I don't know if I necessarily agree with the idea of routines as a way of opening a "conduit" for inspiration, but there's definitely a factor of operant conditioning there. Like, if you were to always ring a bell before meditating, eventually the sound of the bell would cue your brain to enter a meditative state, with less conscious effort on your part.

As to building routines, I'm not sure what advice I can give, since routines come naturally to me. I guess ... don't try to force yourself into a routine; a routine should be a support, not a burden. Besides, forcing yourself through something kind of defeats the purpose of not-having-to-think-about-these-actions. Look for things and activities that are comforting.

If you don't have it already, The Morning Beverage seems like a good starting point, and it's fairly widespread, too.

Faemon

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Re: Routine and Ritual
« Reply #2 on: December 30, 2014, 10:31:21 pm »
Quote from: Sefiru;168412
Hey, a new Youtube channel to nerd out on! And I will have to look up that book about materialism that he quotes from; most writing on the subject that I've seen paints materialism in a negative light (clutter is bad, asceticism leads to enlightenment, etc) but I've always felt like "my stuff" is in some way an extension of "me".

You're welcome! ;) Asceticism leading to enlightenment is a notion that has done me so much damage. I've been making conscious efforts to get grounded and be kind to my body.

Thanks for the link, the advice, and allowing me a look at your bookshelf so to speak. These are great and very helpful.

Quote
If you don't have it already, The Morning Beverage seems like a good starting point, and it's fairly widespread, too.

Aha. I have discovered that chocolate malt drinks make me sleepy, so I've taken to drinking that when I've got insomnia, but The Morning Beverage by virtue of its timing of course would lessen the friction of the rest of the day...
« Last Edit: December 30, 2014, 10:34:23 pm by Faemon »
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Sefiru

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Re: Routine and Ritual
« Reply #3 on: December 31, 2014, 05:01:07 pm »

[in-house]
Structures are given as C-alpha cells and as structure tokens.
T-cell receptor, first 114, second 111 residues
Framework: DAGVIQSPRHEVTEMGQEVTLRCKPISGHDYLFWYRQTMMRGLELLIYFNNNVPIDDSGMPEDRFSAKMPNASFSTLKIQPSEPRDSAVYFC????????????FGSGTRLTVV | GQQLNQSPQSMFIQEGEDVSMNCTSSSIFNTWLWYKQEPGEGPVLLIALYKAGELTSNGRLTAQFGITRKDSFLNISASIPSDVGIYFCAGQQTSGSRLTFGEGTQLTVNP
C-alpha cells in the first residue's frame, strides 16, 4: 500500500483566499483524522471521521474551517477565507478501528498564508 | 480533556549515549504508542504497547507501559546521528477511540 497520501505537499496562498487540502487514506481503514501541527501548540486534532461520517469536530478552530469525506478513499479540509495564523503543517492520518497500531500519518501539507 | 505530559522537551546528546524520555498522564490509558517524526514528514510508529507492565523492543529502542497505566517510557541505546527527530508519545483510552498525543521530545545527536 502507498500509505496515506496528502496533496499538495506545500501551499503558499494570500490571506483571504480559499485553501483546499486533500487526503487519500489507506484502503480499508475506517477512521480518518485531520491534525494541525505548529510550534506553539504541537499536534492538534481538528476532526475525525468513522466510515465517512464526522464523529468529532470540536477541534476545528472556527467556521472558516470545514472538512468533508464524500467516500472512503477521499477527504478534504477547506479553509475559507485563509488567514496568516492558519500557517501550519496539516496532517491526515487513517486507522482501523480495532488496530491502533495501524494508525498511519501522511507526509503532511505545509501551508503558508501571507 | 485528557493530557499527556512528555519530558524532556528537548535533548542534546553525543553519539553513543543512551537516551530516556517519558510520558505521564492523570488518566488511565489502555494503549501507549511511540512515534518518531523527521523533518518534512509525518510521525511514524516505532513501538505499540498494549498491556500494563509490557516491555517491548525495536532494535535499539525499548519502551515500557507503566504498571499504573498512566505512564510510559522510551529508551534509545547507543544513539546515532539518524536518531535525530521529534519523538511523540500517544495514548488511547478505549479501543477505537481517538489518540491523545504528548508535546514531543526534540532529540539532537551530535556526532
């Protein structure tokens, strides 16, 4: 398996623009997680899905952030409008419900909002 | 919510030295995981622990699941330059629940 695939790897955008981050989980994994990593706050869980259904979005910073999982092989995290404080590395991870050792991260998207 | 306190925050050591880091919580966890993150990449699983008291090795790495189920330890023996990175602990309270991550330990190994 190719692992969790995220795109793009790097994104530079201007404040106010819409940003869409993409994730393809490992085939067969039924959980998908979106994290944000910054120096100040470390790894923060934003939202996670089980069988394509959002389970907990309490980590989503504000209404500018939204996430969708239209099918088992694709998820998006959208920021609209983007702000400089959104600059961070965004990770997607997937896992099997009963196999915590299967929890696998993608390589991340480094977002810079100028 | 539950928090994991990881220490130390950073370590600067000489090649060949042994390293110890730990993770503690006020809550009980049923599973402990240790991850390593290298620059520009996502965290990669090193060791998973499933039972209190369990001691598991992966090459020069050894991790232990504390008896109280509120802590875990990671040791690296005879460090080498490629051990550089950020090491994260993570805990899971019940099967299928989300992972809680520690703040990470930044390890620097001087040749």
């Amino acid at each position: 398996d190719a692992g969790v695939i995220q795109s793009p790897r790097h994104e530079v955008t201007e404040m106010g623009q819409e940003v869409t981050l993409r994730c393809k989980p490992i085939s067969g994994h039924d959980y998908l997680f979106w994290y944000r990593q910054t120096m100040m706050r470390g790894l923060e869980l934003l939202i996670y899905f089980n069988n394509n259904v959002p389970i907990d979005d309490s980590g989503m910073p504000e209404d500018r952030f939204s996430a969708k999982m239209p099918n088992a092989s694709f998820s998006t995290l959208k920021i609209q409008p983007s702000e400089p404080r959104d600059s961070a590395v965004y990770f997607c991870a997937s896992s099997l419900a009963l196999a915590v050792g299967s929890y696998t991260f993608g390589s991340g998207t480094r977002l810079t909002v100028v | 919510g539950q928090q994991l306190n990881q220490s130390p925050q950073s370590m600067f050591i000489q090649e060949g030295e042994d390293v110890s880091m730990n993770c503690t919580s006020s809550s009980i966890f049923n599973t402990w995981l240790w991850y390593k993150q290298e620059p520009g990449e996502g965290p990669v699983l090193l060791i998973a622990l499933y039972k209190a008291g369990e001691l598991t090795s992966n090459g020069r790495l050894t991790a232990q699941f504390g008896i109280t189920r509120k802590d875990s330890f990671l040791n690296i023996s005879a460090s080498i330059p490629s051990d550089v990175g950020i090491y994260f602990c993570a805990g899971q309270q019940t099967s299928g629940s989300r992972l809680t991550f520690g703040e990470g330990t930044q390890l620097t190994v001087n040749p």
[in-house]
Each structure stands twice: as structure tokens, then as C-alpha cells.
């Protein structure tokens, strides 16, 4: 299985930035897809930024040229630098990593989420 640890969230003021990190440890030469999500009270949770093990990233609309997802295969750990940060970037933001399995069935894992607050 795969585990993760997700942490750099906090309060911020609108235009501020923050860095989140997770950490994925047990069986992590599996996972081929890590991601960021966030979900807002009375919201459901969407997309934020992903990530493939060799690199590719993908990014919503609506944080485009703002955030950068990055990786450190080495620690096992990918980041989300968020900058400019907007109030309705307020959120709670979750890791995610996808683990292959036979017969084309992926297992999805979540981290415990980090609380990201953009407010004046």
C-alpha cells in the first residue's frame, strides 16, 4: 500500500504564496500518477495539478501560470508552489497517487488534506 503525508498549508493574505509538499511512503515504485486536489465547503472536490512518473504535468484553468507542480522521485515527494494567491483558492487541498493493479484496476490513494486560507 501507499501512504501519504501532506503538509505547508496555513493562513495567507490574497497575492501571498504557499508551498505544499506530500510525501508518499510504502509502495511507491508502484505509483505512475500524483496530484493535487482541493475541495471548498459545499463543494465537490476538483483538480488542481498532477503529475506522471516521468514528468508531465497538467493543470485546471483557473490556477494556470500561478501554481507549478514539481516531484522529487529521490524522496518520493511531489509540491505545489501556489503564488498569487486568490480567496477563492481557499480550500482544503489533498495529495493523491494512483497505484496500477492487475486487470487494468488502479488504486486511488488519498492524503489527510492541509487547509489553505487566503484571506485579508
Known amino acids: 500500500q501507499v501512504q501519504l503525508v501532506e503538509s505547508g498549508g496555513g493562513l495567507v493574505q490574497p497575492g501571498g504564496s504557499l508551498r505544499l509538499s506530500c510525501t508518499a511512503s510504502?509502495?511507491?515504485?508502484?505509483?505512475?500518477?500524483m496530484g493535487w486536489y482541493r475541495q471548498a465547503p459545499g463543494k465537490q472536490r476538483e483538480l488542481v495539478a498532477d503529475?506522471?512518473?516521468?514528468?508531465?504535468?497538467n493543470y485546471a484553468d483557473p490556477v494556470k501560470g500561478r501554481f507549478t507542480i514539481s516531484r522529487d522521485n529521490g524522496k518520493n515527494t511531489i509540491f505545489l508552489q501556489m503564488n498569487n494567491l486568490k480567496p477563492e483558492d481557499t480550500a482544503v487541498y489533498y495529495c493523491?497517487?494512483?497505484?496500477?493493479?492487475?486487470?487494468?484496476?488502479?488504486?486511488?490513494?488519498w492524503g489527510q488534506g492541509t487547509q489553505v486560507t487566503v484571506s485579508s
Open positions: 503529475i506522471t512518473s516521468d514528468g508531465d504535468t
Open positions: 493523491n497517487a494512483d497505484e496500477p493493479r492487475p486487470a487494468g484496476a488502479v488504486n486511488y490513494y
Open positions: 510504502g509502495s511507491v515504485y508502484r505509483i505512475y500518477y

Quote from: Faemon;168421
You're welcome! ;) Asceticism leading to enlightenment is a notion that has done me so much damage. I've been making conscious efforts to get grounded and be kind to my body.

Thanks for the link, the advice, and allowing me a look at your bookshelf so to speak. These are great and very helpful.


 
Aha. I have discovered that chocolate malt drinks make me sleepy, so I've taken to drinking that when I've got insomnia, but The Morning Beverage by virtue of its timing of course would lessen the friction of the rest of the day...


I'm glad to be of help :) This topic has actually got me thinking about my routines in more depth. I notice that most of them have to do with transitions of some kind - getting up, going to bed, going to work, coming home. Much like most cultures have traditions to mark changes in one's life (birth, maturity, marriage) only on a very, very small scale, heh. I also work a fixed schedule which helps; I don't know what your work/school schedule is like, but it could be something to consider.

Going back to the video for a moment, my mug isn't the only "special" item I have to go with a routine. Like my toothbrush holder, which is a rock vase that I bought specially for that purpose. Or the little basket on top of my shoe rack where I keep my keys. I'm pretty picky about what I bring into my home, actually; just about everything has a good reason to be there (and to me, "because it looks/feels/smells/tastes/sounds good" is a good reason).